Unthinkable? Buy Real Estate?

Known by everybody on Planet Earth: Real estate is “a disaster.”  As with any trend, this disaster appears to be unending; the media confirms it daily.

But there is real estate and then there is real estate: residential and commercial. It used to be that most people bought the former to live in and invested in the latter. But after home prices had been soaring for years, cranial light bulbs lit up all over the USA and many Americans “invested” in homes and condos—skyrocketing prices were simply irresistible.  No matter that prices had already increased many-fold, that rents wouldn’t cover even a fraction of the carrying costs or that they financed the deals with funny money time bombs.
When the bartender finally turned off the jukebox and turned up the lights, the collective financial migraine has been massive and, as always, there appears to be no end in sight.

During the salad days, commercial real estate was also a great investment: In February 2007 real estate investment trusts (REITs) rolled over after having increased over 300% the previous six years (the broad stock market as measured by the S & P 500 was up less than 20%).  The bear market was severe: By January 2008, REITs were down 38%, considerably more than home prices in most regions.

At about that time (1/26/08) a Wall Street Journal column headline read: “REITs Point to Further Declines in Commercial-Property Values.” Sounded pretty grim—unless you read beyond the headline. In the body of the article they quoted Green Street Advisors, arguably the savviest U.S REIT research firm:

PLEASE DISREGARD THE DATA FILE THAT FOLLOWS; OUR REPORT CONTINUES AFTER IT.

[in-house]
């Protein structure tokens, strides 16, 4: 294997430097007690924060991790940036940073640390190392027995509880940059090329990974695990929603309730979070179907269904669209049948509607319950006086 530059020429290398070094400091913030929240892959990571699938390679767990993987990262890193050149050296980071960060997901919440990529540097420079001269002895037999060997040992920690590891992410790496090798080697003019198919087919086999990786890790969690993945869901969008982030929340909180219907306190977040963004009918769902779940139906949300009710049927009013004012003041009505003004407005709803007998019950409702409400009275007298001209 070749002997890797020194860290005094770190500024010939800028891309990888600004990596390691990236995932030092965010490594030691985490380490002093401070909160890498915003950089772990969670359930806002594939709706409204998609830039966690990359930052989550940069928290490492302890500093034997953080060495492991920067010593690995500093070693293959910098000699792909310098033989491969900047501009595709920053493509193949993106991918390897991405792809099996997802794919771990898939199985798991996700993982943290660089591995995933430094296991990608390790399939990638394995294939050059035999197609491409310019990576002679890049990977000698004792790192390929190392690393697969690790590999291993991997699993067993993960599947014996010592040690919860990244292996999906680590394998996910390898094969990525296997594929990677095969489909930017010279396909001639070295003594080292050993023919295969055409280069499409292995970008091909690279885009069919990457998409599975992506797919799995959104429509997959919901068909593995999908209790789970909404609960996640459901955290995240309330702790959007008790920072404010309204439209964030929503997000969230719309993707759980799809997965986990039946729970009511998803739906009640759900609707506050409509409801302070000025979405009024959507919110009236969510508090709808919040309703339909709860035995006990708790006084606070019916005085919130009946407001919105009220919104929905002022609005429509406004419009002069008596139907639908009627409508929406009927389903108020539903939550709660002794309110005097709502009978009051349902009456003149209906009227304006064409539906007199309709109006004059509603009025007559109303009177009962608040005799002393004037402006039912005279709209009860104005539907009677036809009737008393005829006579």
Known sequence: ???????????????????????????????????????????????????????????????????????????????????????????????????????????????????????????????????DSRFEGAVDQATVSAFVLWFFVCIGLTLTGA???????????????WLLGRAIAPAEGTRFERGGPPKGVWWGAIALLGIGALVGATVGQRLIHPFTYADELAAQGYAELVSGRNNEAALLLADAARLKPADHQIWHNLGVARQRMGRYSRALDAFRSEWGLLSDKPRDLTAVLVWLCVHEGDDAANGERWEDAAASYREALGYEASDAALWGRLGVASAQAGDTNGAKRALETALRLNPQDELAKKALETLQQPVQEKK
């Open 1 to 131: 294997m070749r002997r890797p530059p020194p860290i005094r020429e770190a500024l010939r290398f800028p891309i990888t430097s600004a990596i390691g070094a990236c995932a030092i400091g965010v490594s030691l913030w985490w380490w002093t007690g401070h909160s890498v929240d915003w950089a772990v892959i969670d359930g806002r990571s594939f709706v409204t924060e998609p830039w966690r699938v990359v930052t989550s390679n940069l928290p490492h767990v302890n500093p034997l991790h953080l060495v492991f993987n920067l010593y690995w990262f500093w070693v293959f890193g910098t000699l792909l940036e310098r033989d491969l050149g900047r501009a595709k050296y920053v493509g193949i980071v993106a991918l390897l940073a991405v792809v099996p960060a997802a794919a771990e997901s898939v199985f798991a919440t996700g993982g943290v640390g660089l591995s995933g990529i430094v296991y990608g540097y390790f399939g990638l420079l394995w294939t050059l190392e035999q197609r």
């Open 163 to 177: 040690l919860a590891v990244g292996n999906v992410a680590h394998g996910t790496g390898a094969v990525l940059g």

“The good news for REIT investors…is that real estate declines are ‘baked into REIT pricing.’  REITs…are now on the ‘cheap side’ of being fairly valued.”

In other words, in January the slide in REIT prices had already discounted the forecasted drop in commercial real estate values; since, they have since rallied a little over 10%.

Whether you choose to invest in or avoid REITs, we can be sure of a few facts:

  • In commercial real estate, funny money financing is relatively rare; 70% to 75% financing is typical. Lease income typically covers debt service and then some, so time bomb financing is not a widespread concern. 

  • Obviously, there is 25% less risk than there was at the top.

  • The average REIT is selling at a 10% discount to net asset value versus an average 4% premium the last 15 years.

  • Stock prices discount the future.  REIT prices started dropping many months before property values softened and prices are likely to turn up many months before prices begin to rise.

  • The weak dollar has made commercial real estate enticing to foreign buyers.

  • Rising commodity and material prices (copper, cement, etc.) are boosting replacement values.

  • Good quality REIT yields are in the 4% to 5% range—not bad compared to 2% to 3% rates for treasuries and CDs or the 2% yield of the S & P 500.

  • Ever since they made dirt, real estate has been notoriously cyclical, but the long-term trend has been decidedly up.

As with any investment, the case for REITs is not perfect. Historically, compared to bond yields and stock valuations the last 15 years, they appear to be moderately expensive.  However, comparisons with the early 90’s, when REITs were considered out-of-the-mainstream investments (they had yet to be added to the major stock indexes), may overstate REITs’ relative overvaluation.

One thing is certain: Headline-driven investment strategies garner fools’ returns. So if you’re considering buying REITs, buy them when real estate is a “disaster.” If you wait until the headlines improve, you’ll pay higher prices. 

May 18, 2009

—Jerry Tweddell